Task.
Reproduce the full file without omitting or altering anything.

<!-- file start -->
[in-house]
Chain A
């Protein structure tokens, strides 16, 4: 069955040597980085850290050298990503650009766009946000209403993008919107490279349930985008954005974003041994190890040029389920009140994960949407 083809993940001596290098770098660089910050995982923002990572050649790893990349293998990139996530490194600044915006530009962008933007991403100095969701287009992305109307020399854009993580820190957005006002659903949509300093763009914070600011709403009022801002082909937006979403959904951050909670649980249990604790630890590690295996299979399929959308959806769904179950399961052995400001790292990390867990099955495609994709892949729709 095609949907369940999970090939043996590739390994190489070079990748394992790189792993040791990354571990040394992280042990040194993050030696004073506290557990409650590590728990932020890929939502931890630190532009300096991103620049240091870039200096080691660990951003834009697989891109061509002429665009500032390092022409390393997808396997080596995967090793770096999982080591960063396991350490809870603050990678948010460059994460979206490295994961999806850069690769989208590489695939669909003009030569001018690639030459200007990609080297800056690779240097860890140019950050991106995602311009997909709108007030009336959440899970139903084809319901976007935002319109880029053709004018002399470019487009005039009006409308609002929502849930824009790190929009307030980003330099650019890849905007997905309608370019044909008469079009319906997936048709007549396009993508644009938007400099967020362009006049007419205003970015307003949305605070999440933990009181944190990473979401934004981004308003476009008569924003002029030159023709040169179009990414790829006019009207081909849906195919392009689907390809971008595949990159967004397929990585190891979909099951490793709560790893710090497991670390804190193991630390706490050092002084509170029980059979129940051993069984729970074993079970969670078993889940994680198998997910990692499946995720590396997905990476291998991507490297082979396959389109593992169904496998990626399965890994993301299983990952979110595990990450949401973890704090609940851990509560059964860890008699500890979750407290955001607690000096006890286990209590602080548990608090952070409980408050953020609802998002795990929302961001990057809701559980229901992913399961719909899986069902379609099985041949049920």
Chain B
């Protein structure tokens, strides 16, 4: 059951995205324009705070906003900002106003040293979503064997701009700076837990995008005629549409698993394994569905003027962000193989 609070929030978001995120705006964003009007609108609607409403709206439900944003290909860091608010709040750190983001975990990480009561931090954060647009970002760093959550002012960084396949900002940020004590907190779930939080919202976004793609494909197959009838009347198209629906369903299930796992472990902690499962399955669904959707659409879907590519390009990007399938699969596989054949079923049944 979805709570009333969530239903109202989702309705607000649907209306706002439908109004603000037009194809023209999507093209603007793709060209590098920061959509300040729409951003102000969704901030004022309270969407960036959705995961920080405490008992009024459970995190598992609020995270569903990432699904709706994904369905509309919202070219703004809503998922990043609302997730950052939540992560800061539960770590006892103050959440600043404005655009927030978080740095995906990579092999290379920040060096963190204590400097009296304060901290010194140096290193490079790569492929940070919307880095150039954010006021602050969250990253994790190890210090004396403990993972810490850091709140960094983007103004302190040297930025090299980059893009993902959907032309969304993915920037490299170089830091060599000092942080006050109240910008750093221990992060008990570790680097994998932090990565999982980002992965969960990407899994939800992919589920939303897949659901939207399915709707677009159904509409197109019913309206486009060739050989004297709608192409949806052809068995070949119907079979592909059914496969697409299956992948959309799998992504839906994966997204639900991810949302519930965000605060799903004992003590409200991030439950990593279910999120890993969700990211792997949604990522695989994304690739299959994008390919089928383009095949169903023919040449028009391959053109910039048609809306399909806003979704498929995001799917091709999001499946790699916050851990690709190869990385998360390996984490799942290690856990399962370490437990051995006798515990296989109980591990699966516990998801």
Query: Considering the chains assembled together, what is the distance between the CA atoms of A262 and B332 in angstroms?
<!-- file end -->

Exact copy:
[in-house]
Chain A
């Protein structure tokens, strides 16, 4: 069955040597980085850290050298990503650009766009946000209403993008919107490279349930985008954005974003041994190890040029389920009140994960949407 083809993940001596290098770098660089910050995982923002990572050649790893990349293998990139996530490194600044915006530009962008933007991403100095969701287009992305109307020399854009993580820190957005006002659903949509300093763009914070600011709403009022801002082909937006979403959904951050909670649980249990604790630890590690295996299979399929959308959806769904179950399961052995400001790292990390867990099955495609994709892949729709 095609949907369940999970090939043996590739390994190489070079990748394992790189792993040791990354571990040394992280042990040194993050030696004073506290557990409650590590728990932020890929939502931890630190532009300096991103620049240091870039200096080691660990951003834009697989891109061509002429665009500032390092022409390393997808396997080596995967090793770096999982080591960063396991350490809870603050990678948010460059994460979206490295994961999806850069690769989208590489695939669909003009030569001018690639030459200007990609080297800056690779240097860890140019950050991106995602311009997909709108007030009336959440899970139903084809319901976007935002319109880029053709004018002399470019487009005039009006409308609002929502849930824009790190929009307030980003330099650019890849905007997905309608370019044909008469079009319906997936048709007549396009993508644009938007400099967020362009006049007419205003970015307003949305605070999440933990009181944190990473979401934004981004308003476009008569924003002029030159023709040169179009990414790829006019009207081909849906195919392009689907390809971008595949990159967004397929990585190891979909099951490793709560790893710090497991670390804190193991630390706490050092002084509170029980059979129940051993069984729970074993079970969670078993889940994680198998997910990692499946995720590396997905990476291998991507490297082979396959389109593992169904496998990626399965890994993301299983990952979110595990990450949401973890704090609940851990509560059964860890008699500890979750407290955001607690000096006890286990209590602080548990608090952070409980408050953020609802998002795990929302961001990057809701559980229901992913399961719909899986069902379609099985041949049920």
Chain B
């Protein structure tokens, strides 16, 4: 059951995205324009705070906003900002106003040293979503064997701009700076837990995008005629549409698993394994569905003027962000193989 609070929030978001995120705006964003009007609108609607409403709206439900944003290909860091608010709040750190983001975990990480009561931090954060647009970002760093959550002012960084396949900002940020004590907190779930939080919202976004793609494909197959009838009347198209629906369903299930796992472990902690499962399955669904959707659409879907590519390009990007399938699969596989054949079923049944 979805709570009333969530239903109202989702309705607000649907209306706002439908109004603000037009194809023209999507093209603007793709060209590098920061959509300040729409951003102000969704901030004022309270969407960036959705995961920080405490008992009024459970995190598992609020995270569903990432699904709706994904369905509309919202070219703004809503998922990043609302997730950052939540992560800061539960770590006892103050959440600043404005655009927030978080740095995906990579092999290379920040060096963190204590400097009296304060901290010194140096290193490079790569492929940070919307880095150039954010006021602050969250990253994790190890210090004396403990993972810490850091709140960094983007103004302190040297930025090299980059893009993902959907032309969304993915920037490299170089830091060599000092942080006050109240910008750093221990992060008990570790680097994998932090990565999982980002992965969960990407899994939800992919589920939303897949659901939207399915709707677009159904509409197109019913309206486009060739050989004297709608192409949806052809068995070949119907079979592909059914496969697409299956992948959309799998992504839906994966997204639900991810949302519930965000605060799903004992003590409200991030439950990593279910999120890993969700990211792997949604990522695989994304690739299959994008390919089928383009095949169903023919040449028009391959053109910039048609809306399909806003979704498929995001799917091709999001499946790699916050851990690709190869990385998360390996984490799942290690856990399962370490437990051995006798515990296989109980591990699966516990998801």
Query: Considering the chains assembled together, what is the distance between the CA atoms of A262 and B332 in angstroms?